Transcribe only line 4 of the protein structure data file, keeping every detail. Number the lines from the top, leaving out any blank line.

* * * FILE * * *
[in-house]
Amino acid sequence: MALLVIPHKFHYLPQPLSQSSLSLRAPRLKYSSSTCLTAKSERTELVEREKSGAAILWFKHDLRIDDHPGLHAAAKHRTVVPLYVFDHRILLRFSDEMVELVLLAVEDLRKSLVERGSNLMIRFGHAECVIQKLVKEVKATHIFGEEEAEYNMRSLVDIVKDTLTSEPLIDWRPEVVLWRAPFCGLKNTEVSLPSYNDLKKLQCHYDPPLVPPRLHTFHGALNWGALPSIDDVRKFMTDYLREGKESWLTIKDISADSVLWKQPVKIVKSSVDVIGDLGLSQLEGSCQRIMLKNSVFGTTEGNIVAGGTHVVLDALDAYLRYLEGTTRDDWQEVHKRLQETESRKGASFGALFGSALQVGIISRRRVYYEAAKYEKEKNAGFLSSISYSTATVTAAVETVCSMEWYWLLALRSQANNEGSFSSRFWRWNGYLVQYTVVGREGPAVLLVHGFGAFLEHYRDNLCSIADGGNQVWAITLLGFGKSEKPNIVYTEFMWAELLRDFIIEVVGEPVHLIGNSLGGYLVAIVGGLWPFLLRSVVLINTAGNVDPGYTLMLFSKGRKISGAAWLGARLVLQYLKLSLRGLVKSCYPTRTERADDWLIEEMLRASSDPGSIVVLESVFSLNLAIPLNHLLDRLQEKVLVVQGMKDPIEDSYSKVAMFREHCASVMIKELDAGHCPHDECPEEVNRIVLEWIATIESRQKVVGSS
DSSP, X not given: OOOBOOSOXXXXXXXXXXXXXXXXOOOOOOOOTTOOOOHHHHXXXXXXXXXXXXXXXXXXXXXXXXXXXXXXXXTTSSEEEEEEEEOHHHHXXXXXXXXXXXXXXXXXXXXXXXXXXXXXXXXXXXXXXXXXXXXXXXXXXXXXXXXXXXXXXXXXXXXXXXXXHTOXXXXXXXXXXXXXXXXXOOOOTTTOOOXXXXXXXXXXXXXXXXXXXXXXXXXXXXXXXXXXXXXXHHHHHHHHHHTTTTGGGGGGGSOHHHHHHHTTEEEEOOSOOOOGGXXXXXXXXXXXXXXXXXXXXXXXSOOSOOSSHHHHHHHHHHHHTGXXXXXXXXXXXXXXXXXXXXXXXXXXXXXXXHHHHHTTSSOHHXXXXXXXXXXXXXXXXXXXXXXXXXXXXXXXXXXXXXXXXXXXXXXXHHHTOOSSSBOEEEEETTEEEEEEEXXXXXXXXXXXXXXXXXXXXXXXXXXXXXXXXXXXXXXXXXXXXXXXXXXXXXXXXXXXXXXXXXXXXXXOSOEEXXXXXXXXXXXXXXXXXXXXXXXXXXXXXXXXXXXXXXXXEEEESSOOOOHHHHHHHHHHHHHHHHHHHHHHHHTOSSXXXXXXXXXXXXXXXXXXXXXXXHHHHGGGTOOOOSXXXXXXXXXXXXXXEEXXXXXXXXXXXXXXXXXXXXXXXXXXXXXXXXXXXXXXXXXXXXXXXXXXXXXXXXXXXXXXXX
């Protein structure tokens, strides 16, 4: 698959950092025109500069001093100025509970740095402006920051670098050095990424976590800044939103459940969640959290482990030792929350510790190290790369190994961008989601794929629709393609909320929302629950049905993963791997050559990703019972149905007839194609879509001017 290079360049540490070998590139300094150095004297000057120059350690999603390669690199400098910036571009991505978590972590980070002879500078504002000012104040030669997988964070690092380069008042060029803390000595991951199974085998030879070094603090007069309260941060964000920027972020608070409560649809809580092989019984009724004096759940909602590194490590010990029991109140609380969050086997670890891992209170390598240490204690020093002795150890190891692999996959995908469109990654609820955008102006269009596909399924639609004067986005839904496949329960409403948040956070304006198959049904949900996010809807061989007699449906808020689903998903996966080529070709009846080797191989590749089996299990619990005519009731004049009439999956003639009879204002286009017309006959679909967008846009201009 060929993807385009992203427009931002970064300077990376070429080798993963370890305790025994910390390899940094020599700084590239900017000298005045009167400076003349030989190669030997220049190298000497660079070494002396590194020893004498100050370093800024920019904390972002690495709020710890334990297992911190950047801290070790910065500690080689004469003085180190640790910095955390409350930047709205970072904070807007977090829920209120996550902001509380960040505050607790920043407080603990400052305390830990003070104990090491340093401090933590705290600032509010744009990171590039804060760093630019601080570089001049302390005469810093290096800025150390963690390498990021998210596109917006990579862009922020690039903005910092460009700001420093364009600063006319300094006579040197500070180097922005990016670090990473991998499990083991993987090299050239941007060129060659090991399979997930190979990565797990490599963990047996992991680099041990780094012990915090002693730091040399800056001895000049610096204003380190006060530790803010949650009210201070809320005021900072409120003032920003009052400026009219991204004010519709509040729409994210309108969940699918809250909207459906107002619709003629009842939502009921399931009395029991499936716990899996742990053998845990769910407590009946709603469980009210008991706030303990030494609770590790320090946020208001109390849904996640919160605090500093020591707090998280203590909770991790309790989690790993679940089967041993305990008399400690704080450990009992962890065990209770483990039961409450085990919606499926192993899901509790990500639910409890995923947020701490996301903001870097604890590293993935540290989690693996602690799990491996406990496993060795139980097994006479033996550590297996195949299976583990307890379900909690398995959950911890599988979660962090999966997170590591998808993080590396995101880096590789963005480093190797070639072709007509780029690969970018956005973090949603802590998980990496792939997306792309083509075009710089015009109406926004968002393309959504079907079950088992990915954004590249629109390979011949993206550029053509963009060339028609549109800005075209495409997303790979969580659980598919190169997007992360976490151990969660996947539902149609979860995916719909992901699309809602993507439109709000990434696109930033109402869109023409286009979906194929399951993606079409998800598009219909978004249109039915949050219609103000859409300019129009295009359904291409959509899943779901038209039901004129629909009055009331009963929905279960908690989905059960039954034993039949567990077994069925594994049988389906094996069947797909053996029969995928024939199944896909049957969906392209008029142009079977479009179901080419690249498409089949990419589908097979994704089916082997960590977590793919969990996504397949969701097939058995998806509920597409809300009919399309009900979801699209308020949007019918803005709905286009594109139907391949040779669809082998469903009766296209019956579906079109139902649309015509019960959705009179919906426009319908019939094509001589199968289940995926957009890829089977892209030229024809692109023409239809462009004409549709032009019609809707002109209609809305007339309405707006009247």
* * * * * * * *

């Protein structure tokens, strides 16, 4: 698959950092025109500069001093100025509970740095402006920051670098050095990424976590800044939103459940969640959290482990030792929350510790190290790369190994961008989601794929629709393609909320929302629950049905993963791997050559990703019972149905007839194609879509001017 290079360049540490070998590139300094150095004297000057120059350690999603390669690199400098910036571009991505978590972590980070002879500078504002000012104040030669997988964070690092380069008042060029803390000595991951199974085998030879070094603090007069309260941060964000920027972020608070409560649809809580092989019984009724004096759940909602590194490590010990029991109140609380969050086997670890891992209170390598240490204690020093002795150890190891692999996959995908469109990654609820955008102006269009596909399924639609004067986005839904496949329960409403948040956070304006198959049904949900996010809807061989007699449906808020689903998903996966080529070709009846080797191989590749089996299990619990005519009731004049009439999956003639009879204002286009017309006959679909967008846009201009 060929993807385009992203427009931002970064300077990376070429080798993963370890305790025994910390390899940094020599700084590239900017000298005045009167400076003349030989190669030997220049190298000497660079070494002396590194020893004498100050370093800024920019904390972002690495709020710890334990297992911190950047801290070790910065500690080689004469003085180190640790910095955390409350930047709205970072904070807007977090829920209120996550902001509380960040505050607790920043407080603990400052305390830990003070104990090491340093401090933590705290600032509010744009990171590039804060760093630019601080570089001049302390005469810093290096800025150390963690390498990021998210596109917006990579862009922020690039903005910092460009700001420093364009600063006319300094006579040197500070180097922005990016670090990473991998499990083991993987090299050239941007060129060659090991399979997930190979990565797990490599963990047996992991680099041990780094012990915090002693730091040399800056001895000049610096204003380190006060530790803010949650009210201070809320005021900072409120003032920003009052400026009219991204004010519709509040729409994210309108969940699918809250909207459906107002619709003629009842939502009921399931009395029991499936716990899996742990053998845990769910407590009946709603469980009210008991706030303990030494609770590790320090946020208001109390849904996640919160605090500093020591707090998280203590909770991790309790989690790993679940089967041993305990008399400690704080450990009992962890065990209770483990039961409450085990919606499926192993899901509790990500639910409890995923947020701490996301903001870097604890590293993935540290989690693996602690799990491996406990496993060795139980097994006479033996550590297996195949299976583990307890379900909690398995959950911890599988979660962090999966997170590591998808993080590396995101880096590789963005480093190797070639072709007509780029690969970018956005973090949603802590998980990496792939997306792309083509075009710089015009109406926004968002393309959504079907079950088992990915954004590249629109390979011949993206550029053509963009060339028609549109800005075209495409997303790979969580659980598919190169997007992360976490151990969660996947539902149609979860995916719909992901699309809602993507439109709000990434696109930033109402869109023409286009979906194929399951993606079409998800598009219909978004249109039915949050219609103000859409300019129009295009359904291409959509899943779901038209039901004129629909009055009331009963929905279960908690989905059960039954034993039949567990077994069925594994049988389906094996069947797909053996029969995928024939199944896909049957969906392209008029142009079977479009179901080419690249498409089949990419589908097979994704089916082997960590977590793919969990996504397949969701097939058995998806509920597409809300009919399309009900979801699209308020949007019918803005709905286009594109139907391949040779669809082998469903009766296209019956579906079109139902649309015509019960959705009179919906426009319908019939094509001589199968289940995926957009890829089977892209030229024809692109023409239809462009004409549709032009019609809707002109209609809305007339309405707006009247």